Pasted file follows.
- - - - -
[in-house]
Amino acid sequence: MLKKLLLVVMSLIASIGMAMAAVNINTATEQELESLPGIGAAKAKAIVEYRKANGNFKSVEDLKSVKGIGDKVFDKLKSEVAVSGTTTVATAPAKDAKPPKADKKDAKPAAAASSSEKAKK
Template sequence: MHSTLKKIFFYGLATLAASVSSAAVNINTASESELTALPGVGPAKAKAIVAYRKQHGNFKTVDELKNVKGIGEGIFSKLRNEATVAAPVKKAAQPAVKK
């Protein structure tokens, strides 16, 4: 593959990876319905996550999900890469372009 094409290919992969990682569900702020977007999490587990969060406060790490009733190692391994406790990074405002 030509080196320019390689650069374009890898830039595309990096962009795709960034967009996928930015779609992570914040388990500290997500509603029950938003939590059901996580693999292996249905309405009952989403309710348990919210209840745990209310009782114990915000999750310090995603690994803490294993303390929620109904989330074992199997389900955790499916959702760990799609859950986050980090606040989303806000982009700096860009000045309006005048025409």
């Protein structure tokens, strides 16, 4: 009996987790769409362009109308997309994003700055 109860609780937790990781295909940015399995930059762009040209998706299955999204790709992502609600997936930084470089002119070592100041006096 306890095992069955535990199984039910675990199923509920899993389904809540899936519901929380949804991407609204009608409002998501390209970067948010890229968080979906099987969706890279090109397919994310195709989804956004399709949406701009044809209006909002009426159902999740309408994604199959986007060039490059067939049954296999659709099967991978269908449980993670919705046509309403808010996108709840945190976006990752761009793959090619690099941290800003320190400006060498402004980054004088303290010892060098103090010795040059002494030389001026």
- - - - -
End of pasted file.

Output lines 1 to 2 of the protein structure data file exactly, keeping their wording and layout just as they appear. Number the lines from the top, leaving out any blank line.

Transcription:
[in-house]
Amino acid sequence: MLKKLLLVVMSLIASIGMAMAAVNINTATEQELESLPGIGAAKAKAIVEYRKANGNFKSVEDLKSVKGIGDKVFDKLKSEVAVSGTTTVATAPAKDAKPPKADKKDAKPAAAASSSEKAKK